Russia

 

Tony Barber

The view from Toompea hill over Tallinn bay and the Old Town of Estonia’s capital is justly considered one of the glories of the Baltic region. Scarcely less memorable is a plaque on the wall of Stenbock House, the 18th-century mansion on Toompea hill which is the official seat of Estonia’s government. 

(Getty)

By Christian Oliver and Richard Milne

Europe’s leaders are preparing for a trade war with Russia by mapping out the battlefields on which they see the highest risk of casualties.

In data released on Friday, the European Commission identified the agricultural exporters most vulnerable to Moscow’s trade embargo on EU produce. Spanish peaches, Dutch cheeses and Polish apples find themselves squarely on the front line.

Polish fruit exports to Russia were valued at €340m last year and win the dubious honour of being the most exposed crops. The Poles have launched an impassioned public campaign to try to switch to more domestic consumption with their “Eat an apple to spite Putin” slogan.

The Netherlands (with dairy exports to Russia of €257m in 2013) and Finland (€253m) are at most risk on the milk and cheese front. Spain and Greece are vulnerable in relation to citrus, with stoned fruit such as peaches and nectarines also being described by farmers as being at crisis point in terms of storage overload and no market to go to. 

  • The hum of US drones is becoming more familiar over African skies as US military presence increases on the continent.
  • Russia has doubled the number of its battalions near the Ukrainian border and could launch a cross-border incursion with little or no warning.
  • The New Yorker considers the experience of the US ambassador to Russia and how he saw the promise of democracy come and fade.
  • Ben Judah takes a look inside the bullet-proof bubble of Vladimir Putin, the “latter-day dictator”.

 

Gideon Rachman

Viktor Orban, the prime minister of Hungary, has just cemented his reputation as the problem child of the European Union with a speech in which he argued that “liberal democratic societies cannot remain globally competitive”. All EU countries are meant to subscribe to a set of values that could broadly be described as liberal and democratic. But Mr Orban suggested that the Hungarian government is now looking elsewhere for inspiration – citing China, Russia, Turkey and Singapore as potential role models.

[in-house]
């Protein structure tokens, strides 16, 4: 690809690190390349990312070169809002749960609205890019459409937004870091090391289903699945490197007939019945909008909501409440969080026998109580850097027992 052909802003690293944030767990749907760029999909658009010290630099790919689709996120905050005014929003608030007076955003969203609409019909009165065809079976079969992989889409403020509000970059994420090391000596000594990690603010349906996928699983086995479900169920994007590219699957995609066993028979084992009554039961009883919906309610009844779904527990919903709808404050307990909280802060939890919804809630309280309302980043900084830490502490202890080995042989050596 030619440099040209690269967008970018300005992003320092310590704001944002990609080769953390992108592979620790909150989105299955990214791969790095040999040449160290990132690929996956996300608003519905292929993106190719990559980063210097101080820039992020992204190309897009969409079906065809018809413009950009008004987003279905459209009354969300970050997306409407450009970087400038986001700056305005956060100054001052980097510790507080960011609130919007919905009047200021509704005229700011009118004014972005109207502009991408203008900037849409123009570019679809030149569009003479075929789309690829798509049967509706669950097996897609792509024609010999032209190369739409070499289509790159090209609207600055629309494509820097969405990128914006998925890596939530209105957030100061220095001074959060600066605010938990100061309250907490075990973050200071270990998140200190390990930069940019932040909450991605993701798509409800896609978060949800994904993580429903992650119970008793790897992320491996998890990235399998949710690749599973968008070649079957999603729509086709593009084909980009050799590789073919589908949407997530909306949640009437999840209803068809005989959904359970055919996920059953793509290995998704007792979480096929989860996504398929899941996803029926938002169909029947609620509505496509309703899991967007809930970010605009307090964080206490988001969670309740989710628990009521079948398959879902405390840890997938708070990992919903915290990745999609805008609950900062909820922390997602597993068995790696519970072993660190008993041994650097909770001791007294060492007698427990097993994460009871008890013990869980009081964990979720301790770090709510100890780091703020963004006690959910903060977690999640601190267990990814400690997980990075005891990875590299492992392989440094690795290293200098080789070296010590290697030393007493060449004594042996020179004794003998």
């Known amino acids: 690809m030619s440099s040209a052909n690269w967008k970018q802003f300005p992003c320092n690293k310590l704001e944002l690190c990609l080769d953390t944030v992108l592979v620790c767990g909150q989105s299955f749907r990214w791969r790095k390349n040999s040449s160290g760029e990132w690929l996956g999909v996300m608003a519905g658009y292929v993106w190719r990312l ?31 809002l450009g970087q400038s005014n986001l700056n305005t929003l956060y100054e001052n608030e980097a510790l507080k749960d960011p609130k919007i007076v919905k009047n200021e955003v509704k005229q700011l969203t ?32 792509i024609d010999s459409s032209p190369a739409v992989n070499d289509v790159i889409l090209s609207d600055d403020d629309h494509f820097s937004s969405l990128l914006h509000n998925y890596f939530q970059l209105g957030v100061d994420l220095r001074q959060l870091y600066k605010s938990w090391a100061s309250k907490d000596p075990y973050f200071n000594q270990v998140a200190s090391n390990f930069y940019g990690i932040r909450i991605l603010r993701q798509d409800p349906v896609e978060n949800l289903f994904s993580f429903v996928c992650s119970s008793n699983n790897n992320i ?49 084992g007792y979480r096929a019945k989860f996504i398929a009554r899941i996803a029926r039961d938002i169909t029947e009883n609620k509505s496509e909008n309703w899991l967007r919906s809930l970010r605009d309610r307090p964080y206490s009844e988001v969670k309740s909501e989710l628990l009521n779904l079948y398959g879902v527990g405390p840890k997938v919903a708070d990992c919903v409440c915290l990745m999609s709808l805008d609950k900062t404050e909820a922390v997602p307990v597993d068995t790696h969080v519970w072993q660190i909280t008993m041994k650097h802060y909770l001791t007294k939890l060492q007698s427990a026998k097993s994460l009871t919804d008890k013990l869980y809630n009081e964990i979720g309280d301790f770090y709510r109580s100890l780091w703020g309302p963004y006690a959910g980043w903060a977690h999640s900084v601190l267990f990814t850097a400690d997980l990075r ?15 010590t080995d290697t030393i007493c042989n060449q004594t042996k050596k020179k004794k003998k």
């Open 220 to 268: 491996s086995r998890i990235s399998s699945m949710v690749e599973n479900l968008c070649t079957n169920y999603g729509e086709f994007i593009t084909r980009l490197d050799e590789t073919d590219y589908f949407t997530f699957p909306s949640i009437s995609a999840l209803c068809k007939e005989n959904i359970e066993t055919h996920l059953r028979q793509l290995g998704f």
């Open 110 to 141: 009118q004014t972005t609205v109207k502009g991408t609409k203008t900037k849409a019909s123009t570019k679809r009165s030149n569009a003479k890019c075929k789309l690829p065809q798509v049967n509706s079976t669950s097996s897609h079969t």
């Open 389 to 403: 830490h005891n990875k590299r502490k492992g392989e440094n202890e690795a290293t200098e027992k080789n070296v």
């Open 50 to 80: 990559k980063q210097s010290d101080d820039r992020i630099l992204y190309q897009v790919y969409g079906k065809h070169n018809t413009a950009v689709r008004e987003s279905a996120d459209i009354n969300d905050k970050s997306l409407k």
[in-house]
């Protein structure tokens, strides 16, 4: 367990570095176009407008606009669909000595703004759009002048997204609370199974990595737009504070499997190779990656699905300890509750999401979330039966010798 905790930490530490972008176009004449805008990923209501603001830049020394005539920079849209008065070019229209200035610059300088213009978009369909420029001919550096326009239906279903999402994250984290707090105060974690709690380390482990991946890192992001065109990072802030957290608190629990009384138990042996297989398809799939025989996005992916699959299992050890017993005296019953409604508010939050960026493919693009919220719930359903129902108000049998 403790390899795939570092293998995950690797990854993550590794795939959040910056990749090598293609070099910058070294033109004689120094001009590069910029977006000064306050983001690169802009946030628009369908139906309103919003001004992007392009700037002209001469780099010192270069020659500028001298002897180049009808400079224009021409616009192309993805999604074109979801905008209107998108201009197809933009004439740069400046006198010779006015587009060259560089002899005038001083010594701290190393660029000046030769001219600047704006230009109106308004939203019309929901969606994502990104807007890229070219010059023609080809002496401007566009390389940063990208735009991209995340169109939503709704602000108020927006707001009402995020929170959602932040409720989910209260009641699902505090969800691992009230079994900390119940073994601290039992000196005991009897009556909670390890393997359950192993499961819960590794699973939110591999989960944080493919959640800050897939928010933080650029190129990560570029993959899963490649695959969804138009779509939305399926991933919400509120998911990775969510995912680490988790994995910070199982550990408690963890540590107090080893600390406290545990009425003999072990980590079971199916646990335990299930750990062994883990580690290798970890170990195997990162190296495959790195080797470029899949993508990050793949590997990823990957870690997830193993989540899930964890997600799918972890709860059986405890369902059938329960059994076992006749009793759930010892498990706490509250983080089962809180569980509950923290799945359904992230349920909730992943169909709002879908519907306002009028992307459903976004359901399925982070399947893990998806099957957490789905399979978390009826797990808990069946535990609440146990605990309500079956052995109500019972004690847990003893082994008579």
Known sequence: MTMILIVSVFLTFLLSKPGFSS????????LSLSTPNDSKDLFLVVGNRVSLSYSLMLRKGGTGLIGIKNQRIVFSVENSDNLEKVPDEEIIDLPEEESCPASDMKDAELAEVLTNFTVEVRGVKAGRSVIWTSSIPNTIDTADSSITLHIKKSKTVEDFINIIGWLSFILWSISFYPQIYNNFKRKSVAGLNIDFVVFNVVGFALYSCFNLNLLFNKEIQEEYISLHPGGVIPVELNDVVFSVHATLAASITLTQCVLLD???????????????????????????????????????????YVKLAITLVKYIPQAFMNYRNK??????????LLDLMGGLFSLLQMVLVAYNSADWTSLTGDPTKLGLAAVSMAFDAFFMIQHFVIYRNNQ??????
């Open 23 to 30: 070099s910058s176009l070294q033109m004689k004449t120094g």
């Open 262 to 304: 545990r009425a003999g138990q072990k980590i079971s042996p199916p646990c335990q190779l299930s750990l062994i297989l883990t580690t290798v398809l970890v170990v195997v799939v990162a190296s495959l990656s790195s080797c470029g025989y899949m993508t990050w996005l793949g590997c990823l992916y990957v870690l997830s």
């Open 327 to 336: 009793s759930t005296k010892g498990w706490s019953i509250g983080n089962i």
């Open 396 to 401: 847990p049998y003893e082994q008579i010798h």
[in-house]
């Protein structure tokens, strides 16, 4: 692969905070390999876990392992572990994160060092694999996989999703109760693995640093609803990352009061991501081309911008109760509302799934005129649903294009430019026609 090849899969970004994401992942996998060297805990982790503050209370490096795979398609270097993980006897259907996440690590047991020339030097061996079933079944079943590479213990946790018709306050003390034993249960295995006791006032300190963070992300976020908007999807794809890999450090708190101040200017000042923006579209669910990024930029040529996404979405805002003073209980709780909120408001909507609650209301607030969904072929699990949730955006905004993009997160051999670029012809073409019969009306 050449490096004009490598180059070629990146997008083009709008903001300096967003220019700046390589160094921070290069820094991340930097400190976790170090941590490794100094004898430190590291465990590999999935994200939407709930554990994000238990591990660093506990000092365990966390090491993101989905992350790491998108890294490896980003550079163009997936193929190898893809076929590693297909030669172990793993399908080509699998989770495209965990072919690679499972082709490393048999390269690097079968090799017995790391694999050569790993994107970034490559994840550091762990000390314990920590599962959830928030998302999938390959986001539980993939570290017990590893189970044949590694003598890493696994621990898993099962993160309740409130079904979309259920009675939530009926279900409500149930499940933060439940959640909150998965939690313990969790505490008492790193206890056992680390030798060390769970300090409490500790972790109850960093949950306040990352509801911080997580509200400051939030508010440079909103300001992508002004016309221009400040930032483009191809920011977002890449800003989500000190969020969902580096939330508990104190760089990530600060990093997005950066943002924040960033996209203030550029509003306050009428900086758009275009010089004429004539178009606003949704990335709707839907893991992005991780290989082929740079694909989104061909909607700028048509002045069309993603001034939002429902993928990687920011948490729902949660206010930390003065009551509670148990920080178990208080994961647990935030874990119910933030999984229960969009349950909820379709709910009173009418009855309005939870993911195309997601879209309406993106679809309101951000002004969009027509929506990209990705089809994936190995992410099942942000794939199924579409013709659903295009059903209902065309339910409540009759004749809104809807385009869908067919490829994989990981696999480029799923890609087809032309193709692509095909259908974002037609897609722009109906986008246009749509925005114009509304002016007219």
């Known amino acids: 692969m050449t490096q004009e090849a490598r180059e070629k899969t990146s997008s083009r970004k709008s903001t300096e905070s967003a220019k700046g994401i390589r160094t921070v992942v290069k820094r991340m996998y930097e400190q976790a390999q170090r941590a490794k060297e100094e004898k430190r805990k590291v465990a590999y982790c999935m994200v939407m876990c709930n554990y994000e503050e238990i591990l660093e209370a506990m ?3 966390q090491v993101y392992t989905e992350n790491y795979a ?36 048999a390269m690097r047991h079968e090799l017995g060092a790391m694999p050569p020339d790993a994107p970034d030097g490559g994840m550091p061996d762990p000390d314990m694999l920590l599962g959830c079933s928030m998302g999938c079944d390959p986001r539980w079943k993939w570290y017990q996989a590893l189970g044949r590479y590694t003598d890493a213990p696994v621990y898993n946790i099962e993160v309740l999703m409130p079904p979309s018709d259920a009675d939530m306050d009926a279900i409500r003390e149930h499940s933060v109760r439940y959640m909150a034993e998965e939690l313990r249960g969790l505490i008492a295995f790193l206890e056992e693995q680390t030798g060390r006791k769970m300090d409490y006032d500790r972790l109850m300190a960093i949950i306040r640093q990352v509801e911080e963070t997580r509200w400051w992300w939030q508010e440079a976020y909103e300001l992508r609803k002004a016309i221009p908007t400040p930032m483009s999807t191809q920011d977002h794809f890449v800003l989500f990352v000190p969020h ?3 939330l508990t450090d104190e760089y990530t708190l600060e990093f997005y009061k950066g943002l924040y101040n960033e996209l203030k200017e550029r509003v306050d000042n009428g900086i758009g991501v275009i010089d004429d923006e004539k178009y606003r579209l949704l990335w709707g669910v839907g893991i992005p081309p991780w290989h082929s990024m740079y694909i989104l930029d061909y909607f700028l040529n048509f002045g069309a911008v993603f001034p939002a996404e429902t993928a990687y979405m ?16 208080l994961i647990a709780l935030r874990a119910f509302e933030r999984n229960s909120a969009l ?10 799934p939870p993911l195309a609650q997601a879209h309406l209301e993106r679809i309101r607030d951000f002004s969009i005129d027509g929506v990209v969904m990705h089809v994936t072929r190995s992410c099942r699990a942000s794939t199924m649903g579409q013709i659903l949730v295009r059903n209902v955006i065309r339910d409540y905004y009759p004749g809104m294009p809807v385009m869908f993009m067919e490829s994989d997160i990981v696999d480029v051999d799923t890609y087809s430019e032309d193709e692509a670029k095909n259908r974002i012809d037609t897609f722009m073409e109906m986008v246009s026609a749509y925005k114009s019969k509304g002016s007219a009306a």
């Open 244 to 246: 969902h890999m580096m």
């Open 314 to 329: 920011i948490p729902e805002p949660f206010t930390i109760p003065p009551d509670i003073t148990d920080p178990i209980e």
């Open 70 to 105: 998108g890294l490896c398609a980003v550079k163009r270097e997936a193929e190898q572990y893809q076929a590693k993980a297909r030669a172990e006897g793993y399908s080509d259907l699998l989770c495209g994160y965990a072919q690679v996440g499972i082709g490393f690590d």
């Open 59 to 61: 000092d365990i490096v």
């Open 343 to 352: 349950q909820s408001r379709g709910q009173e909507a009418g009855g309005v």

Attempts on Monday by Russia to shift the blame for the shooting down of Flight MH17 over eastern Ukraine away from the separatist rebels have had a few western analysts scratching their heads.

The Russian military gave journalists a high-level and highly detailed briefing of its take on the situation in the area where the Malaysian airliner was shot down. The presentation came just as the first apparent hard evidence was emerging from the crash site that the jet was hit by a large surface-to-air missile, similar to an SA-11 launched by the Buk-M1 system. 

By Gideon Rachman

The headlines are dominated by regional crises – in Ukraine, in Iraq and in the South China Sea. But is there a common thread that ties together these apparently unconnected events?

  • Chinese artist and former soldier Guo Jian had lunch with the FT and recalled his part in the Tiananmen protests 25 years ago. He was arrested today.
  • Despite attempts to protect whistleblowers on Wall Street, the personal price that they pay is still high.
  • Considering economists’ forecasting failures, should their predictions be taken seriously?
  • Edward Luce “would sooner consult the star signs” and says economists looking at the US should look at rising income and wealth inequality.
  • Western leaders will be looking to use the 70th anniversary of the Normandy landings as a chance to boost the legitimacy of President Poroshenko in Kiev.
  • The Kremlin invests around €100m a year in Russian media abroad in order to influence public opinion in the West and, according to Der Spiegel, it is winning the propaganda war.
  • The US soldier traded for Taliban fighters was allegedly a deserter.
  • In Srebrenica, graves are still being turned over – as are memories and accounts of the genocide.
  • The Sunday Times reveals that millions of documents show how secret payments helped Qatar to win the World Cup bid.

 

Neil Buckley

The dangerous stand-off between separatists and pro-government forces in Ukraine’s two easternmost regions continues, threatening to tip into a Yugoslav-style war. Yet for the first time in more than two months, there are tentative signs that Russian pressure on Ukraine may be easing.

Russian president Vladimir Putin on Monday said he was ordering Russian troops camped near Ukraine’s border to return to their permanent bases, even if there was little immediate sign of movement. Moscow “respected”, but did not explicitly recognise, self-rule referendums in Ukraine’s eastern regions of Donetsk and Lugansk held last week. 

  • Gideon Rachman thinks Narendra Modi is the jolt that India needs, but in his risposte Edward Luce argues that the risk is not worth taking.
  • China is poised to pass the US as the world’s leading economic power this year. This moment has come sooner than expected: FT economics editor Chris Giles explains the working out.
  • David Gardner thinks Bashar al-Assad is more vulnerable than he looks.
  • The recent freeze in east-west relations has revived interest in Moscow’s Cold War museum.